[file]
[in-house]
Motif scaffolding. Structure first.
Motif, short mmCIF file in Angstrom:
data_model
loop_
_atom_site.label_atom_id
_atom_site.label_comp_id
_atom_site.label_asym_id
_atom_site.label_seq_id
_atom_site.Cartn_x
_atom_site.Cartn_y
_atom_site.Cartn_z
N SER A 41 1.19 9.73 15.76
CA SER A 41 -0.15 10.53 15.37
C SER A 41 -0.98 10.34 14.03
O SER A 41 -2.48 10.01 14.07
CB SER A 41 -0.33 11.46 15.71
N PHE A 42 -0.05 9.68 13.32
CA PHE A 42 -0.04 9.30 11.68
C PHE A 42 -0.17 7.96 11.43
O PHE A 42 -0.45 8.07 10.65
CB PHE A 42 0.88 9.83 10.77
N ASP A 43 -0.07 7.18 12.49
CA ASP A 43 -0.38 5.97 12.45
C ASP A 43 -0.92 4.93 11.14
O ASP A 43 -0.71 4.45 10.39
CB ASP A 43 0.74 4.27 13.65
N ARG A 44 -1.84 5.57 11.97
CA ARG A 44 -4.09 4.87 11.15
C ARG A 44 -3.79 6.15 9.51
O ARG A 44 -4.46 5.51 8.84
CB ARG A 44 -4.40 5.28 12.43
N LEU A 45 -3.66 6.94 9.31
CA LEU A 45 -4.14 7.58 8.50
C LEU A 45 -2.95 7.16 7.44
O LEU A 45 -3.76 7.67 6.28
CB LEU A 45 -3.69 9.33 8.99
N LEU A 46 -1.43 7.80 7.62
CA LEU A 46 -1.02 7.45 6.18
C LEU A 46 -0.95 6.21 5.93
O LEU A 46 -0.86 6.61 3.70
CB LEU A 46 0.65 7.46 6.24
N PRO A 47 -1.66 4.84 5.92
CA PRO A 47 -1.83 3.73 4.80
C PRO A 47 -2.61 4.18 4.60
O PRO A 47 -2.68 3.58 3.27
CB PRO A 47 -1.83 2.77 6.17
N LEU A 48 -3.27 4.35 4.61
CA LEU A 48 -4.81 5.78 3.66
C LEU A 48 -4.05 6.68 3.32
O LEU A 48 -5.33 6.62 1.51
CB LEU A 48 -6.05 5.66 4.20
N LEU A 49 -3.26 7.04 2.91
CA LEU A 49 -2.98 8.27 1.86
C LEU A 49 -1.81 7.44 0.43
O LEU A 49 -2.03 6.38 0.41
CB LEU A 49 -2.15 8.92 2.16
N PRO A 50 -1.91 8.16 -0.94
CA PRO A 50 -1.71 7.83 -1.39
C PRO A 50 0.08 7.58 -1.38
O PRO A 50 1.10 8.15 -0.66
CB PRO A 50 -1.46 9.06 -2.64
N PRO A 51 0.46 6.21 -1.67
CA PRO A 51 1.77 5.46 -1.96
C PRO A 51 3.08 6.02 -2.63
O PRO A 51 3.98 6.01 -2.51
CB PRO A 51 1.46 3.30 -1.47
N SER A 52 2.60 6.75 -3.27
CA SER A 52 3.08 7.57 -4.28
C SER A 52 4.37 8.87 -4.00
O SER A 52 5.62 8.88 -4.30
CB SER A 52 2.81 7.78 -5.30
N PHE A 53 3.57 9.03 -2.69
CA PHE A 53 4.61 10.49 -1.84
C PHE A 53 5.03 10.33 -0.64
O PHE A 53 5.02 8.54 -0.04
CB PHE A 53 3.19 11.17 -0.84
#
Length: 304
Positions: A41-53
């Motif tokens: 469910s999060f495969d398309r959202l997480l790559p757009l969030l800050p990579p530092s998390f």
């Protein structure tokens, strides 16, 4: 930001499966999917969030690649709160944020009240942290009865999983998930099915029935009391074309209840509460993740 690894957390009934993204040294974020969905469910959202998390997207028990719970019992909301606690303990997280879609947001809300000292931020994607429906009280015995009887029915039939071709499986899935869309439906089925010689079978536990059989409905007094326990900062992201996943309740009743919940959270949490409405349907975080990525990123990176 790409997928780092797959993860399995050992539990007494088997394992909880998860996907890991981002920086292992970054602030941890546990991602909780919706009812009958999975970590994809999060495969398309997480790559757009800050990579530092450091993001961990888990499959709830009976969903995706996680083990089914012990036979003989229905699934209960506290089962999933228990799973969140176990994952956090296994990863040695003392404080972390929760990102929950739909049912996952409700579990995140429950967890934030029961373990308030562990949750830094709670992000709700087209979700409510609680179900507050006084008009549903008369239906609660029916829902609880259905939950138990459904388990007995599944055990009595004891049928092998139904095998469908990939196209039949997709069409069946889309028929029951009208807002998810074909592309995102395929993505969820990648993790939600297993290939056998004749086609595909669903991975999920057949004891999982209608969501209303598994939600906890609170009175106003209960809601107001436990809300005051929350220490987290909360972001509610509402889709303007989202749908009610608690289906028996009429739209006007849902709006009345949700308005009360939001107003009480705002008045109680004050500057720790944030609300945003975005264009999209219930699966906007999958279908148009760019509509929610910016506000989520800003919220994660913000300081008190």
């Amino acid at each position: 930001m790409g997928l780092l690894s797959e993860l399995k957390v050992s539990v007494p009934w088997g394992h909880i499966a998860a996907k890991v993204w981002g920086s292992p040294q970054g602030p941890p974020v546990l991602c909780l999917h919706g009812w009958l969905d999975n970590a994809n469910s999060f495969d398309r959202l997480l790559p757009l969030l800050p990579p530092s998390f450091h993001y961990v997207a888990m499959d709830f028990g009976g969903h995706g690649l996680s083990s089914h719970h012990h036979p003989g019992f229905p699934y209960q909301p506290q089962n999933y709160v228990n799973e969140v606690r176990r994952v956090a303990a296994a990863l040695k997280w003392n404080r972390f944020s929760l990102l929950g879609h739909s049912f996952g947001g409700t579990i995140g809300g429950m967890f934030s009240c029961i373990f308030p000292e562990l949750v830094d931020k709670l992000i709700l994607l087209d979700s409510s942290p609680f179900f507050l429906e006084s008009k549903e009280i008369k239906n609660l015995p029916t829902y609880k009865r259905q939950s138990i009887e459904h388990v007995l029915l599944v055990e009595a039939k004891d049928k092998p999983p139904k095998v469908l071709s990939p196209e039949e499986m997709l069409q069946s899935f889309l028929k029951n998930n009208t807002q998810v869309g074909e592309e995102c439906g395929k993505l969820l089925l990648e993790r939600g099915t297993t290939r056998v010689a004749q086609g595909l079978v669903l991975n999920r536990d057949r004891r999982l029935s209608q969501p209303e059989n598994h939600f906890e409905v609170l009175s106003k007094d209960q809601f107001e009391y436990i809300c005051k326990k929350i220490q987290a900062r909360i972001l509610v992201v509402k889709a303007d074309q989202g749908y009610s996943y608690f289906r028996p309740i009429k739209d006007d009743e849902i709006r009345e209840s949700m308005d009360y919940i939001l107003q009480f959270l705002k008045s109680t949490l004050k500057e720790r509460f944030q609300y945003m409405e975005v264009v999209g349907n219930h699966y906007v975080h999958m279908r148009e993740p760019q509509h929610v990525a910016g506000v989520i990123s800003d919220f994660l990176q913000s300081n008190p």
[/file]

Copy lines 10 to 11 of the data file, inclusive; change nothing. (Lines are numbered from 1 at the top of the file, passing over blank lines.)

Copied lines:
_atom_site.Cartn_x
_atom_site.Cartn_y